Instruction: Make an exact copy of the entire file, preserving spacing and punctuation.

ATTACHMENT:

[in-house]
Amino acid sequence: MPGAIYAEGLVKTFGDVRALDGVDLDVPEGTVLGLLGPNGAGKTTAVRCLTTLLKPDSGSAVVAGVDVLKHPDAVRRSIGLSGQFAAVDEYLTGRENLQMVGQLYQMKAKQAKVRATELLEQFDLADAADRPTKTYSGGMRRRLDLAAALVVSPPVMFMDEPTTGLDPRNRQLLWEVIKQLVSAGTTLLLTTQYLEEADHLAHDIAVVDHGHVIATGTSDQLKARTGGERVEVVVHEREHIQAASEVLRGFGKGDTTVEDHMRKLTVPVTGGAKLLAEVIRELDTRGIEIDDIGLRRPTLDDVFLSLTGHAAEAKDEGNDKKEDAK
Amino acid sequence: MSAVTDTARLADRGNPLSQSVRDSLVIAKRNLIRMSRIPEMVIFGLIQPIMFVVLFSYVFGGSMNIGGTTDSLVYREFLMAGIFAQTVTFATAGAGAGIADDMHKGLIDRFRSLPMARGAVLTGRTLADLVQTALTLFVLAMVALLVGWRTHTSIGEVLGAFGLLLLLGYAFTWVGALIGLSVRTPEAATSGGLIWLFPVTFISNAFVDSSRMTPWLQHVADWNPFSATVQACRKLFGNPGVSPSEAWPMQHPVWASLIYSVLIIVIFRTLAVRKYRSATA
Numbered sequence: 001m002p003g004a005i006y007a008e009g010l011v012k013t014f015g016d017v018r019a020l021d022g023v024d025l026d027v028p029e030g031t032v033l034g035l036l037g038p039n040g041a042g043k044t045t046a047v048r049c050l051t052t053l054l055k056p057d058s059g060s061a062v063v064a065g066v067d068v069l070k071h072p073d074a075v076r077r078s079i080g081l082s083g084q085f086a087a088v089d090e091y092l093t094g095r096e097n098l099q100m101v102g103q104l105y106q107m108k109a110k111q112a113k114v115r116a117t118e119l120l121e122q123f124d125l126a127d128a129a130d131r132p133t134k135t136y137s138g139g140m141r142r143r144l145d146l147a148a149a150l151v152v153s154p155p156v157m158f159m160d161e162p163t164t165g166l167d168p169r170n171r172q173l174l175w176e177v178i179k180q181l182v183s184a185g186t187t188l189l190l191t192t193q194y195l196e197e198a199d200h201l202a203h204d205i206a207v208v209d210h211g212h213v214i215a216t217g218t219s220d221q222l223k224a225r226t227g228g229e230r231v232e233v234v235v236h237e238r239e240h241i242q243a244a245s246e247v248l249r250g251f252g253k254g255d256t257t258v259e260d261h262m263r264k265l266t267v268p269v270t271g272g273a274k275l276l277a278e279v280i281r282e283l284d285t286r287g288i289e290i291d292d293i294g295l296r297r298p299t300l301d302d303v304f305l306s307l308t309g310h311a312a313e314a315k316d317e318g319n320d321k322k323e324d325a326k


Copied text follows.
[in-house]
Amino acid sequence: MPGAIYAEGLVKTFGDVRALDGVDLDVPEGTVLGLLGPNGAGKTTAVRCLTTLLKPDSGSAVVAGVDVLKHPDAVRRSIGLSGQFAAVDEYLTGRENLQMVGQLYQMKAKQAKVRATELLEQFDLADAADRPTKTYSGGMRRRLDLAAALVVSPPVMFMDEPTTGLDPRNRQLLWEVIKQLVSAGTTLLLTTQYLEEADHLAHDIAVVDHGHVIATGTSDQLKARTGGERVEVVVHEREHIQAASEVLRGFGKGDTTVEDHMRKLTVPVTGGAKLLAEVIRELDTRGIEIDDIGLRRPTLDDVFLSLTGHAAEAKDEGNDKKEDAK
Amino acid sequence: MSAVTDTARLADRGNPLSQSVRDSLVIAKRNLIRMSRIPEMVIFGLIQPIMFVVLFSYVFGGSMNIGGTTDSLVYREFLMAGIFAQTVTFATAGAGAGIADDMHKGLIDRFRSLPMARGAVLTGRTLADLVQTALTLFVLAMVALLVGWRTHTSIGEVLGAFGLLLLLGYAFTWVGALIGLSVRTPEAATSGGLIWLFPVTFISNAFVDSSRMTPWLQHVADWNPFSATVQACRKLFGNPGVSPSEAWPMQHPVWASLIYSVLIIVIFRTLAVRKYRSATA
Numbered sequence: 001m002p003g004a005i006y007a008e009g010l011v012k013t014f015g016d017v018r019a020l021d022g023v024d025l026d027v028p029e030g031t032v033l034g035l036l037g038p039n040g041a042g043k044t045t046a047v048r049c050l051t052t053l054l055k056p057d058s059g060s061a062v063v064a065g066v067d068v069l070k071h072p073d074a075v076r077r078s079i080g081l082s083g084q085f086a087a088v089d090e091y092l093t094g095r096e097n098l099q100m101v102g103q104l105y106q107m108k109a110k111q112a113k114v115r116a117t118e119l120l121e122q123f124d125l126a127d128a129a130d131r132p133t134k135t136y137s138g139g140m141r142r143r144l145d146l147a148a149a150l151v152v153s154p155p156v157m158f159m160d161e162p163t164t165g166l167d168p169r170n171r172q173l174l175w176e177v178i179k180q181l182v183s184a185g186t187t188l189l190l191t192t193q194y195l196e197e198a199d200h201l202a203h204d205i206a207v208v209d210h211g212h213v214i215a216t217g218t219s220d221q222l223k224a225r226t227g228g229e230r231v232e233v234v235v236h237e238r239e240h241i242q243a244a245s246e247v248l249r250g251f252g253k254g255d256t257t258v259e260d261h262m263r264k265l266t267v268p269v270t271g272g273a274k275l276l277a278e279v280i281r282e283l284d285t286r287g288i289e290i291d292d293i294g295l296r297r298p299t300l301d302d303v304f305l306s307l308t309g310h311a312a313e314a315k316d317e318g319n320d321k322k323e324d325a326k